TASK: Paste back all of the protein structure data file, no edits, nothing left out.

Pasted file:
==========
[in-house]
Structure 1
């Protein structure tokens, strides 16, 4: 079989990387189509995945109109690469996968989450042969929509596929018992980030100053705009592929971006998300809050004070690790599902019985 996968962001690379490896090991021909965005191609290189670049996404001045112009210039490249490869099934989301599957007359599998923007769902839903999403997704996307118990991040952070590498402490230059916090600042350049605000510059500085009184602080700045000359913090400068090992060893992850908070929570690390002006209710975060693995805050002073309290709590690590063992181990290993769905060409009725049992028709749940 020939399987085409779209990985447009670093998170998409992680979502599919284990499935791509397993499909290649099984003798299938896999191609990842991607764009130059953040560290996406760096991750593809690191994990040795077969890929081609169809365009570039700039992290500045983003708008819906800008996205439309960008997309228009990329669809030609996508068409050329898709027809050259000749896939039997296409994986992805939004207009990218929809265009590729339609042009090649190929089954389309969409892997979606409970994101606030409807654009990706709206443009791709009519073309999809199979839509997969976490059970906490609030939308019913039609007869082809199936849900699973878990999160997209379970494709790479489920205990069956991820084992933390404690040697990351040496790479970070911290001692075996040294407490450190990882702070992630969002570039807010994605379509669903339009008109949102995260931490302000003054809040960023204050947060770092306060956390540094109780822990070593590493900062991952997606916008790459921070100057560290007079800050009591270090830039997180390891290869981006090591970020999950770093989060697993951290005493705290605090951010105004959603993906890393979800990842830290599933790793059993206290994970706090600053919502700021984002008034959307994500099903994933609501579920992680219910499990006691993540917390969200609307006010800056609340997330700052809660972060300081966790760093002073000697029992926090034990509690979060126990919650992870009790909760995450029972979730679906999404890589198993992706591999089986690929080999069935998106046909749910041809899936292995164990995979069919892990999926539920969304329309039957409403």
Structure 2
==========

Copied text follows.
[in-house]
Structure 1
């Protein structure tokens, strides 16, 4: 079989990387189509995945109109690469996968989450042969929509596929018992980030100053705009592929971006998300809050004070690790599902019985 996968962001690379490896090991021909965005191609290189670049996404001045112009210039490249490869099934989301599957007359599998923007769902839903999403997704996307118990991040952070590498402490230059916090600042350049605000510059500085009184602080700045000359913090400068090992060893992850908070929570690390002006209710975060693995805050002073309290709590690590063992181990290993769905060409009725049992028709749940 020939399987085409779209990985447009670093998170998409992680979502599919284990499935791509397993499909290649099984003798299938896999191609990842991607764009130059953040560290996406760096991750593809690191994990040795077969890929081609169809365009570039700039992290500045983003708008819906800008996205439309960008997309228009990329669809030609996508068409050329898709027809050259000749896939039997296409994986992805939004207009990218929809265009590729339609042009090649190929089954389309969409892997979606409970994101606030409807654009990706709206443009791709009519073309999809199979839509997969976490059970906490609030939308019913039609007869082809199936849900699973878990999160997209379970494709790479489920205990069956991820084992933390404690040697990351040496790479970070911290001692075996040294407490450190990882702070992630969002570039807010994605379509669903339009008109949102995260931490302000003054809040960023204050947060770092306060956390540094109780822990070593590493900062991952997606916008790459921070100057560290007079800050009591270090830039997180390891290869981006090591970020999950770093989060697993951290005493705290605090951010105004959603993906890393979800990842830290599933790793059993206290994970706090600053919502700021984002008034959307994500099903994933609501579920992680219910499990006691993540917390969200609307006010800056609340997330700052809660972060300081966790760093002073000697029992926090034990509690979060126990919650992870009790909760995450029972979730679906999404890589198993992706591999089986690929080999069935998106046909749910041809899936292995164990995979069919892990999926539920969304329309039957409403």
Structure 2